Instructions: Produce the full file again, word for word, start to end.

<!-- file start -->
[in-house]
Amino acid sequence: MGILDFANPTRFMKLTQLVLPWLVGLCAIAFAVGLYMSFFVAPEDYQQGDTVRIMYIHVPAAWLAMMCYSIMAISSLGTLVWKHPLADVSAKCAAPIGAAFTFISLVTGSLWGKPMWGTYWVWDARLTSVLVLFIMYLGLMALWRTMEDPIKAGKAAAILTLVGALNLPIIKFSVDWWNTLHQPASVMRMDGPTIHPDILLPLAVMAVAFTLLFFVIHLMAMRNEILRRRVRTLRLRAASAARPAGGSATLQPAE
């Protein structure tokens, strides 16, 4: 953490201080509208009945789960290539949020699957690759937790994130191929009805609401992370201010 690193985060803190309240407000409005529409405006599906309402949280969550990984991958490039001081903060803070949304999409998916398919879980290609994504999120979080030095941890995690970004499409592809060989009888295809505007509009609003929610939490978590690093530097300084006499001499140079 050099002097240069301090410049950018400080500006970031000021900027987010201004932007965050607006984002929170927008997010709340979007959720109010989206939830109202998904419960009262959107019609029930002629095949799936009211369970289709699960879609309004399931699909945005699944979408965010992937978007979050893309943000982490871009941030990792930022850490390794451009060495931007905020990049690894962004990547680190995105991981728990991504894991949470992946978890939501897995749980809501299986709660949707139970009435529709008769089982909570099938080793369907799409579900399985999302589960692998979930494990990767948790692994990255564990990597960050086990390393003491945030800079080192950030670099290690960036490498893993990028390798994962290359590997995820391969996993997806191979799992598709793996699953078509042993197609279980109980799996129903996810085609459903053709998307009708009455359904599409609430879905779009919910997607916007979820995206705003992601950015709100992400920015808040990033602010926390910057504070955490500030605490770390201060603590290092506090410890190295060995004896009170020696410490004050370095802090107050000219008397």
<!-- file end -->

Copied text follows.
[in-house]
Amino acid sequence: MGILDFANPTRFMKLTQLVLPWLVGLCAIAFAVGLYMSFFVAPEDYQQGDTVRIMYIHVPAAWLAMMCYSIMAISSLGTLVWKHPLADVSAKCAAPIGAAFTFISLVTGSLWGKPMWGTYWVWDARLTSVLVLFIMYLGLMALWRTMEDPIKAGKAAAILTLVGALNLPIIKFSVDWWNTLHQPASVMRMDGPTIHPDILLPLAVMAVAFTLLFFVIHLMAMRNEILRRRVRTLRLRAASAARPAGGSATLQPAE
């Protein structure tokens, strides 16, 4: 953490201080509208009945789960290539949020699957690759937790994130191929009805609401992370201010 690193985060803190309240407000409005529409405006599906309402949280969550990984991958490039001081903060803070949304999409998916398919879980290609994504999120979080030095941890995690970004499409592809060989009888295809505007509009609003929610939490978590690093530097300084006499001499140079 050099002097240069301090410049950018400080500006970031000021900027987010201004932007965050607006984002929170927008997010709340979007959720109010989206939830109202998904419960009262959107019609029930002629095949799936009211369970289709699960879609309004399931699909945005699944979408965010992937978007979050893309943000982490871009941030990792930022850490390794451009060495931007905020990049690894962004990547680190995105991981728990991504894991949470992946978890939501897995749980809501299986709660949707139970009435529709008769089982909570099938080793369907799409579900399985999302589960692998979930494990990767948790692994990255564990990597960050086990390393003491945030800079080192950030670099290690960036490498893993990028390798994962290359590997995820391969996993997806191979799992598709793996699953078509042993197609279980109980799996129903996810085609459903053709998307009708009455359904599409609430879905779009919910997607916007979820995206705003992601950015709100992400920015808040990033602010926390910057504070955490500030605490770390201060603590290092506090410890190295060995004896009170020696410490004050370095802090107050000219008397």